"It’s time to speak up, call out and rebel against those one in five Aussies with medieval attitudes, whoever they may be." To every woman and girl in Australia,You may have seen the news last Friday that one fifth of the inhabitants of our unquestionably modern country are of the quaint view that we -- females -- are becoming 'too outspoken'. I hope that sentence plays out in your mind's ear in the voice of infamous grumpy Muppets, Statler and Waldorf (those two old hecklers on the balcony).
There is great irony in writing or producing a story about violence against women. Many of my colleagues often experience the trauma of inserting themselves into the violent reality of one of the millions of Australian women who has experienced abuse. Vicariously breathing in control, fear and abuse so they can exhale it out on to a page, or down the camera. All the while knowing that no matter how many words your editor allows it will never be enough to do justice to this woman's experience.
I never thought I would say this, but thank you Eddie McGuire for your misogynist comments because they finally sparked national debate and resulted in national outrage. People are now connecting the dots between language - the weaponry of words - that trivialise violence against women, and a culture that perpetuates it.
Muck Rack makes it simple to find people, tweets, or articles that mention any name, keyword, company, hashtag etc. We've compiled this guide to help you make the most of your search.
Selecting a term
Start searching tweets, articles from media outlets, articles mentioned in tweets, journalists'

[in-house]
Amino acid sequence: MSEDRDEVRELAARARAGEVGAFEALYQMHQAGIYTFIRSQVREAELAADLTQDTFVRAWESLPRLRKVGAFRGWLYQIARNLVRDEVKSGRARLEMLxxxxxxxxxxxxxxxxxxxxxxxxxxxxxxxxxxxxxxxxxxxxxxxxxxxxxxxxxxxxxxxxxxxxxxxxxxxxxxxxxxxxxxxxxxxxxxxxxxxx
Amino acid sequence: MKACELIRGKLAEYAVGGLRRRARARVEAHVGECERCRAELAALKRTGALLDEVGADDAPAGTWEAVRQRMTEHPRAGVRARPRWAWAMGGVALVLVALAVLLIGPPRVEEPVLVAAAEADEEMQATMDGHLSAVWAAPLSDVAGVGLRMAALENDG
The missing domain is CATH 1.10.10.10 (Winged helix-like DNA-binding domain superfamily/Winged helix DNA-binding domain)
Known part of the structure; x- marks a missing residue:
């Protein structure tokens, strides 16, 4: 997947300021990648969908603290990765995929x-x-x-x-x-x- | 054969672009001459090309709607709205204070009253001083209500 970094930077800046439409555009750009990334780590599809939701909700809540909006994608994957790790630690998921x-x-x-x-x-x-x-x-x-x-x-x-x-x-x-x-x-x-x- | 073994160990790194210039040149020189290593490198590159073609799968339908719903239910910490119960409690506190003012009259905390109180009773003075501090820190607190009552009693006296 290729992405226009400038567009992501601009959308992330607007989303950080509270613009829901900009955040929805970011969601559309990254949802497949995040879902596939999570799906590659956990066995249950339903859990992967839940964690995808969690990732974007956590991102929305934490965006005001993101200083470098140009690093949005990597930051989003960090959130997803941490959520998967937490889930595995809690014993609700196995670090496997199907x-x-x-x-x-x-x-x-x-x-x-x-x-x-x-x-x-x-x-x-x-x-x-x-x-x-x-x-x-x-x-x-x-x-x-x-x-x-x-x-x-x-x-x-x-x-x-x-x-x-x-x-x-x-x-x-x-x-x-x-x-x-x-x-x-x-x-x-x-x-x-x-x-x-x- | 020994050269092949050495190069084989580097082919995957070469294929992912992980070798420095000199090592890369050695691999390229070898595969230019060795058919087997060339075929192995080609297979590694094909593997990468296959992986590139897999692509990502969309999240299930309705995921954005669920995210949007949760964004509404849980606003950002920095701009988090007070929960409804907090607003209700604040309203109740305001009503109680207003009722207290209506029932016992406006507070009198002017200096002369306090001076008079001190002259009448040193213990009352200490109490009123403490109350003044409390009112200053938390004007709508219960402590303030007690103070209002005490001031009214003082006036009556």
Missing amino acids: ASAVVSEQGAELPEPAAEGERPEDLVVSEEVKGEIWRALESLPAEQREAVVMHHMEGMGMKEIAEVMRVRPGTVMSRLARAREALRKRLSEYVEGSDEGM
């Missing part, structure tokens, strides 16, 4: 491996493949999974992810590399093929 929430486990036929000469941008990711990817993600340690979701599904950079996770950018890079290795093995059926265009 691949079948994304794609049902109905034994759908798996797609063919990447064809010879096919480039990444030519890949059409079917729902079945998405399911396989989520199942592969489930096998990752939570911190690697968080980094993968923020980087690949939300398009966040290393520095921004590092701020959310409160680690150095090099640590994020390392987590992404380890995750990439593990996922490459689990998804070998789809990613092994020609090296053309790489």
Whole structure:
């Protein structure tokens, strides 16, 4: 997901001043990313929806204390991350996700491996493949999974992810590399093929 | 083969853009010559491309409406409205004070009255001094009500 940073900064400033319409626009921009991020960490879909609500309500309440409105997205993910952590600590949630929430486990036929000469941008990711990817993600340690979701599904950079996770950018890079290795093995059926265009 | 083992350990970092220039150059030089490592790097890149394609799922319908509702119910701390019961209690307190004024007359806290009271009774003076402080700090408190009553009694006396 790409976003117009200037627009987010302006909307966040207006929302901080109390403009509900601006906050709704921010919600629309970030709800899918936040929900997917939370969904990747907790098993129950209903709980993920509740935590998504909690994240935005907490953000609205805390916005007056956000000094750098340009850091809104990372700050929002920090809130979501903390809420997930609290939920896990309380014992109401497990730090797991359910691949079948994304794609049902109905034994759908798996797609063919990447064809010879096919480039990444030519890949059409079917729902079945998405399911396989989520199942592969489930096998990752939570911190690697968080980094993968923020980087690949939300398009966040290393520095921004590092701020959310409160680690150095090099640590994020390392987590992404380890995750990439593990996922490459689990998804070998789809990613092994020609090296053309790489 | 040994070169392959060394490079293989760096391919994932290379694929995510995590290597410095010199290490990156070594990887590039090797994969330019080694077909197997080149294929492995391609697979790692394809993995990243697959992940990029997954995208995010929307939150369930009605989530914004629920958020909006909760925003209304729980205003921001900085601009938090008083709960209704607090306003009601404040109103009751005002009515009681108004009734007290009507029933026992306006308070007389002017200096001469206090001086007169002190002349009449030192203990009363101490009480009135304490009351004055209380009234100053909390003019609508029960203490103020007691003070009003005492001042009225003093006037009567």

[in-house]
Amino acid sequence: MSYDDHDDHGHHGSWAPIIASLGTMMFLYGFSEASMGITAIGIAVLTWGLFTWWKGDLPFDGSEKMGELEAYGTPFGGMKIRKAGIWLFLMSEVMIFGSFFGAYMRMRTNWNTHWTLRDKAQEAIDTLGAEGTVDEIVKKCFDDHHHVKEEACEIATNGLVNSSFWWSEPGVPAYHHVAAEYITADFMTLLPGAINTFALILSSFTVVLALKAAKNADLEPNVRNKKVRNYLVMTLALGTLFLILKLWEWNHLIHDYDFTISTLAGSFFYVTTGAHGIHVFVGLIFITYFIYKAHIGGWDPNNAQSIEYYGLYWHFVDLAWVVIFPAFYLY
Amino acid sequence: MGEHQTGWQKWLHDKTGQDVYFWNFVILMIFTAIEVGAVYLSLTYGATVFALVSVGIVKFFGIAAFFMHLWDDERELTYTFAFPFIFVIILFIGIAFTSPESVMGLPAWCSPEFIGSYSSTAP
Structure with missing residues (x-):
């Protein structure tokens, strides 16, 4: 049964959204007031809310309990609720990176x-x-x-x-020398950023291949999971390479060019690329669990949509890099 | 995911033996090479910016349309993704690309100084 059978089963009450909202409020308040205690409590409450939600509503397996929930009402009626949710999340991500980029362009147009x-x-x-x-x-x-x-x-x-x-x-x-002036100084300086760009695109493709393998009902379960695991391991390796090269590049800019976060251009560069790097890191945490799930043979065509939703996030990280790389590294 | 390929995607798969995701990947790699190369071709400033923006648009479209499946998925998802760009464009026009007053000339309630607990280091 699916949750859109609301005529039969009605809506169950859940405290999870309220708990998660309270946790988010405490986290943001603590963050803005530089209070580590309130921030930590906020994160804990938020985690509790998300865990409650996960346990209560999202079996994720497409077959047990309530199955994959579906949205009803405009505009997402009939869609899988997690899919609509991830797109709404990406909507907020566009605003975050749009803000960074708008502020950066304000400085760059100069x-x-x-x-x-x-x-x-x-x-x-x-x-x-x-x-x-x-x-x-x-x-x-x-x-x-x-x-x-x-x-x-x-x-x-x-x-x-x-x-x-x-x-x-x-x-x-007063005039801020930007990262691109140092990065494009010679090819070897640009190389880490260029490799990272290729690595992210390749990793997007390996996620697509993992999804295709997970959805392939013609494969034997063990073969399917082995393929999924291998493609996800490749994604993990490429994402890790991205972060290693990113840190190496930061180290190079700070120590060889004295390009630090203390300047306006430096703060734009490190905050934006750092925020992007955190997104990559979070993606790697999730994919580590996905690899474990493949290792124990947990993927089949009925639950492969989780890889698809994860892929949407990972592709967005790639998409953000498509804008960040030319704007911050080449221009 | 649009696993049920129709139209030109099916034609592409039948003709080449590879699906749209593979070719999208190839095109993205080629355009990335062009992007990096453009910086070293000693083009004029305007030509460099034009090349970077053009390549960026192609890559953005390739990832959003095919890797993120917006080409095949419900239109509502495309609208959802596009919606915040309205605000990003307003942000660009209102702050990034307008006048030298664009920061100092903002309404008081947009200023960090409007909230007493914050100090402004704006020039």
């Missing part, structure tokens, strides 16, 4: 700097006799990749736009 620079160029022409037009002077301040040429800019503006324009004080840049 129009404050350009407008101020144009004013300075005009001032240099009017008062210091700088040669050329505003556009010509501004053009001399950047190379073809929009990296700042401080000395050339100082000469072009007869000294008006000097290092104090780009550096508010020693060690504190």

names, titles and bios with some suggested searches:
Companies or Topics (e.g. iPhone, Microsoft)
Phrases (e.g. "cloud computing") — use quotes to keep the terms together
Twitter handles (e.g. @username) — returns those who have mentioned or replied to
Names (e.g. "David Pogue")
Hashtags (e.g. #sxsw, #london2012)
Bio details (e.g. vegan, Olympics, father)
Muck Rack's Advanced Search allows for many boolean operators.
Find results that mention multiple specified terms, use AND or
+. For example, ensure each result contains both Elon Musk and Mark Zuckerberg by
searching Musk AND Zuckerberg or Musk + Zuckerberg.
Use the operators OR or , to broaden your search when you'd like either of
multiple terms to appear in results. (This is the default behavior of our search when no operators
are used). For example, results will contain either cake or cookie by searching cake OR cookie or cake,cookie
Use NOT or - to subtract results from your search. For
example, searching Disney will yield results about the Walt Disney Company as well as Walt Disney
World Resort. To exclude mentions of Disney World, search for Disney -World or Disney
When using one of these operators with a phrase, enclose it in quotation marks. For example, you can
find results about smartphones excluding Apple's iPhone 4S by searching smartphone -"iPhone
Exact case matching or punctuation
If you're searching for a brand name or keyword that relies on specific punctuation marks or capitalization, you can
find results that match your exact query by adding matchcase: before the keyword you're searching for, like matchcase:E*TRADE .
Use parentheses to separate multiple
boolean phrases. For example, to find journalists talking about having fun in Disney World or
Disneyland, search for ("disney world" OR disneyland) AND fun.
An asterisk can be used to search for any variation of a root word truncated by the asterisk. For example, searching for admin* will return results for administrator, administration, administer, administered, etc.
A near operator is an AND operator where you can control the distance between the words. You can vary the distance the near operation uses by adding a forward slash and number (between 0-99) such as strawberries NEAR/10 "whipped cream", which means the strawberries must exist within 10 words of "whipped cream".